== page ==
Matthew Davis took a long time to die.
The day had begun normally enough. Most in town didn’t know what had occurred on the first two days, thanks to the diligence of the Sentinel’s staff, but those that did were wary.
When mid-day settled on Cross, there was a collective sigh of relief. On the first and second, madness had struck by early morning, and the effects of it were in full view by then as well.
We were complacent, I’m afraid.
Matthew Davis lived on East Stark Street, and he died there as well.
At close to one, the fire brigade was called out for Matthew’s house. He had dug a trench around it in the night, and after he had finished lunch, he put a torch to the tar-soaked wood he had lined the trench with. The fire brigade attempted to get close enough to put the flames out, but the heat was too much, driving them back.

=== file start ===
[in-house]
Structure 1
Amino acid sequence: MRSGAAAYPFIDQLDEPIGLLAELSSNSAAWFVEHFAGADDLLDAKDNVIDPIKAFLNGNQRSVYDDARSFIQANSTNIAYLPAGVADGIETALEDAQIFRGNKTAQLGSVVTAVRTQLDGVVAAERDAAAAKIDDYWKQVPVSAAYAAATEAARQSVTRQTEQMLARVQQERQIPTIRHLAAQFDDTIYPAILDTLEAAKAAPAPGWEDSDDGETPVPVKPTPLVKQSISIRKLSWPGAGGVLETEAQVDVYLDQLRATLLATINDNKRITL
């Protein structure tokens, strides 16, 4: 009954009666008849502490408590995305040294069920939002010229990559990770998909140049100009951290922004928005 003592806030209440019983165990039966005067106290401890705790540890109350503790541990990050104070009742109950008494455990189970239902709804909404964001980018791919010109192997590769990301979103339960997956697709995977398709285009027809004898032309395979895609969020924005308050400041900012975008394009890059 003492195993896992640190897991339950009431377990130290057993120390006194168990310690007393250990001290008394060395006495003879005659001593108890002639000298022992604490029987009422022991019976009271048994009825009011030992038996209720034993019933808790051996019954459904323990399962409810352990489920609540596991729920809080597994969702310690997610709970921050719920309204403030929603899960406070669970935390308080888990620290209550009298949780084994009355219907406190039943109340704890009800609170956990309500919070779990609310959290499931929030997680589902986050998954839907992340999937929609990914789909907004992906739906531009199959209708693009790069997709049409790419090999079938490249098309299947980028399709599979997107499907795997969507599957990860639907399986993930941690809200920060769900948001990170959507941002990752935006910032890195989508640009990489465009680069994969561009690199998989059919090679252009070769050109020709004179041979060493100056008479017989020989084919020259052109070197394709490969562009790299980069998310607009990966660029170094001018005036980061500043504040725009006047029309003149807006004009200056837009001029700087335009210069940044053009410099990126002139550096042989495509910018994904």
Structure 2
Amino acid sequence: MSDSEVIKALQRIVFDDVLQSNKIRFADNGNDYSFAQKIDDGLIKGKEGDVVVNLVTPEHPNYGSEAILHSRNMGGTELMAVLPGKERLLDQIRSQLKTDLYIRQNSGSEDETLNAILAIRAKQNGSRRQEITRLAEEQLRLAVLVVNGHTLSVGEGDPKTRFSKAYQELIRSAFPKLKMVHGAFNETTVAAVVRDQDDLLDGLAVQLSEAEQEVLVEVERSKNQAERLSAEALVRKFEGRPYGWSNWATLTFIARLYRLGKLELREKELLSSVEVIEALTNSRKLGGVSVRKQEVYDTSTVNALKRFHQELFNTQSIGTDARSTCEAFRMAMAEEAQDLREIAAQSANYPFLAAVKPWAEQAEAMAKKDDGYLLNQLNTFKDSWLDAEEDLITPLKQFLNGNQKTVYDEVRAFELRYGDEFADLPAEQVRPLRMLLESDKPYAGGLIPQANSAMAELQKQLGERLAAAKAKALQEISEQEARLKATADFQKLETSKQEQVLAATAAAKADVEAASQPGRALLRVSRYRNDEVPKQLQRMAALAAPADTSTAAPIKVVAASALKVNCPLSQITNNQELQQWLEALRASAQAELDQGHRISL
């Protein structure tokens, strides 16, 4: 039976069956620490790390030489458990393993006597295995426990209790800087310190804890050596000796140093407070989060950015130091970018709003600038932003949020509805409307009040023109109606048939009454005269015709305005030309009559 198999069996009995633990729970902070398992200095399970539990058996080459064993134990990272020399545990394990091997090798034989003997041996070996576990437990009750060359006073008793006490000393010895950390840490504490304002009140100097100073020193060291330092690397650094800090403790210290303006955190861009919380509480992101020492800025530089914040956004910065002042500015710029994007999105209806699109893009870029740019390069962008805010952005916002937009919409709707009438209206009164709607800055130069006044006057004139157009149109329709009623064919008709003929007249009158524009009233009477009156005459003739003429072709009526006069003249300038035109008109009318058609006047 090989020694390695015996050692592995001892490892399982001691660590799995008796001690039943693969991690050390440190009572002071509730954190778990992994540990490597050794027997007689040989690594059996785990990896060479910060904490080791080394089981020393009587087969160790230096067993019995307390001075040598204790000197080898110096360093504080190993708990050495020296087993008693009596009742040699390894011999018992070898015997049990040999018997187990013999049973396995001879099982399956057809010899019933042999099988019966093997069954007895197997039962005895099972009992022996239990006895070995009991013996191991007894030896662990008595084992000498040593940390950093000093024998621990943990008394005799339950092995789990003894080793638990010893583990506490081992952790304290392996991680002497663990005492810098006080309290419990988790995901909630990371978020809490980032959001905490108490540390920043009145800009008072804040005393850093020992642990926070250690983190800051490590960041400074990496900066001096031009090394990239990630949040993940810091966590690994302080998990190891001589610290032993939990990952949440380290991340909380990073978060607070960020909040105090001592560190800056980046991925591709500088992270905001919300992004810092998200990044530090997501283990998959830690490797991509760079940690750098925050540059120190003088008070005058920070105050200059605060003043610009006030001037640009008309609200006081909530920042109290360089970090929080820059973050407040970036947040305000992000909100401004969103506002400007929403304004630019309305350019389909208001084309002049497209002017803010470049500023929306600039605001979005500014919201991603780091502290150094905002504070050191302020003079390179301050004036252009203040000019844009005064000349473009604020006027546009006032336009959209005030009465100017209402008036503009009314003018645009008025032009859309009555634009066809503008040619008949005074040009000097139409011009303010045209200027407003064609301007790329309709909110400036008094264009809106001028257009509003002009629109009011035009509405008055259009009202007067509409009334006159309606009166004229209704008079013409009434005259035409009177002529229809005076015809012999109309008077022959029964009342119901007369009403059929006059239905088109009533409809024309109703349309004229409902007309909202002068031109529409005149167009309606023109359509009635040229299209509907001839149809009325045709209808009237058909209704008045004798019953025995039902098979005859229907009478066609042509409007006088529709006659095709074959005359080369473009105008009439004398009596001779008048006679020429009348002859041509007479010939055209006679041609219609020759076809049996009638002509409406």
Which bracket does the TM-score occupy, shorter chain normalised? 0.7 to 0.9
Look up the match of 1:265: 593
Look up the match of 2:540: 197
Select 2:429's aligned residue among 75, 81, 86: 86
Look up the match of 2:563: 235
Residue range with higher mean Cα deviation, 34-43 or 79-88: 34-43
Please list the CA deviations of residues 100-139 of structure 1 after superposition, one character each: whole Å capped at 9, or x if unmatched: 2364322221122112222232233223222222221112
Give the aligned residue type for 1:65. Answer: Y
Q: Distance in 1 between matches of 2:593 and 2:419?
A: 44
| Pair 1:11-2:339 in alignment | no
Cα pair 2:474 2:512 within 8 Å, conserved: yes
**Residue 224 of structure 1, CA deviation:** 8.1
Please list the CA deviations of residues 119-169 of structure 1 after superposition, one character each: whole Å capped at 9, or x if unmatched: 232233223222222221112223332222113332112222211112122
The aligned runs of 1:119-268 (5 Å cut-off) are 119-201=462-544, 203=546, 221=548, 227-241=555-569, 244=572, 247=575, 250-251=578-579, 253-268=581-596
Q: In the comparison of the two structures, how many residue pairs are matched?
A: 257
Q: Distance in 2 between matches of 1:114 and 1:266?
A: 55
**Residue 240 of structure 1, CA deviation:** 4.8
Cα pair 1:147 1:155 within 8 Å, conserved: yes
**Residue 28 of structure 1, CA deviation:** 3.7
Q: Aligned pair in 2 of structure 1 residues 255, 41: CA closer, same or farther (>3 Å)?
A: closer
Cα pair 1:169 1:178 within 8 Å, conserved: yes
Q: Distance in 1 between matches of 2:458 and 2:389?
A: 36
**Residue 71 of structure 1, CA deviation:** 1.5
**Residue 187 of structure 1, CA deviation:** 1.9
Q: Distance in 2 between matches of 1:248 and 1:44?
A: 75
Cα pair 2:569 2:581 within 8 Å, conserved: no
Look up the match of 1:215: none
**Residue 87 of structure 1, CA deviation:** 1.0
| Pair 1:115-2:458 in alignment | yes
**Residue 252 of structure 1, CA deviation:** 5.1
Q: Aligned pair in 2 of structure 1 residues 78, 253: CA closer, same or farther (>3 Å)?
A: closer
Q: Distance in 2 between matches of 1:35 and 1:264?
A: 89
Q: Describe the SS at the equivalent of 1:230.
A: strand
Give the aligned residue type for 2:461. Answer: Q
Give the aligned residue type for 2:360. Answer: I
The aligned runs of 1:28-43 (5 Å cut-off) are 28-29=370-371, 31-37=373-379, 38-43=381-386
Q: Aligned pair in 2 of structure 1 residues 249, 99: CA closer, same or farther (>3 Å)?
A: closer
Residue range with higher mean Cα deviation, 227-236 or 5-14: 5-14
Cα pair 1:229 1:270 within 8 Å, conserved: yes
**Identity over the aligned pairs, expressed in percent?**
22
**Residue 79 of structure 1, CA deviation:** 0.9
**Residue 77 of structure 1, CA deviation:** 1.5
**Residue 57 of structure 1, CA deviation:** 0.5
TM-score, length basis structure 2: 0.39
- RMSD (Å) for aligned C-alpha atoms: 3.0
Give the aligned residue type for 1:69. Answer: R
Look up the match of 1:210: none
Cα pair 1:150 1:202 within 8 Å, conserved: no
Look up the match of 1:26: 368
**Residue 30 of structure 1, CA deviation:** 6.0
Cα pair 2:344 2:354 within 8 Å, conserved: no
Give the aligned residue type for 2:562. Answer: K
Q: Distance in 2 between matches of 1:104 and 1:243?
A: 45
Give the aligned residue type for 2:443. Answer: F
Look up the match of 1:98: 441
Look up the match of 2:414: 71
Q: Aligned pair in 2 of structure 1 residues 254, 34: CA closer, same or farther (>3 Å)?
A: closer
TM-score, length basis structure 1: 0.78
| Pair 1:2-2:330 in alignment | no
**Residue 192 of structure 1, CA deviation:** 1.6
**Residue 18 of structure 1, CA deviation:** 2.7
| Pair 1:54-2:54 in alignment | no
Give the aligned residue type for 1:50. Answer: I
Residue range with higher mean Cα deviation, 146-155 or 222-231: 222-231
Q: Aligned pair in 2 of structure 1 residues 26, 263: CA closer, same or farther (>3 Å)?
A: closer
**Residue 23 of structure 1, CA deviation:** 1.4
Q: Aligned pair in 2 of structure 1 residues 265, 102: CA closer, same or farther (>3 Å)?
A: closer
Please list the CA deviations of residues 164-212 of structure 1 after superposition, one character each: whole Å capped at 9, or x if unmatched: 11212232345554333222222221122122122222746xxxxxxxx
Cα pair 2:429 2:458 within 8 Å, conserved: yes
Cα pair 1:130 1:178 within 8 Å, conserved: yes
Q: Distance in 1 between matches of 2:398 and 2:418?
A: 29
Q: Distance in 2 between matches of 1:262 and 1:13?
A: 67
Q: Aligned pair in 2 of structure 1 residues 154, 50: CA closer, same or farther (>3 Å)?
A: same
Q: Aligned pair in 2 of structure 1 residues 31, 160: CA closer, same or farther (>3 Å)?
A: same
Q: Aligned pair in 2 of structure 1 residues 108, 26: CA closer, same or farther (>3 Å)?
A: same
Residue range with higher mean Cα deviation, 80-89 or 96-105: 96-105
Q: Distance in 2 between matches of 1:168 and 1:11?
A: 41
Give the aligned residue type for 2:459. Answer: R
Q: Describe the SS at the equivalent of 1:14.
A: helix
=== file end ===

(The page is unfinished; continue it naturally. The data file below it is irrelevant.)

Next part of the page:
When I arrived, I saw Matthew sitting on his front step as naked as the day he was born. He saw me, gave a friendly wave, picked up a bucket beside him, and poured it over his head.
The liquid had the sick sheen of kerosene to it.
He stood up, the kerosene dripping from his beard and hair as he walked up his steps and onto his porch. He yawned, stretched, scratched himself, and then nodded in apparent satisfaction. Stepping into his house, he closed the door and then appeared a moment later in front of a window.
As we watched, he struck a match, put the flame to his beard, and once it was blazing, he stepped out of sight.
Within moments, the first high pitched shriek tore through the air. A heartbeat later, he went running past the window, his head on fire.
“Is he trying to get out?” someone asked.
“No,” I answered, “he’s setting the house on fire with himself.”
We watched in silence as he passed by each window. Flames appeared in the glass a short time later, and smoke poured out into the early afternoon sky.
Matthew Davis screamed until the house fell around him and finished what the fire had started.
#horror #fear #art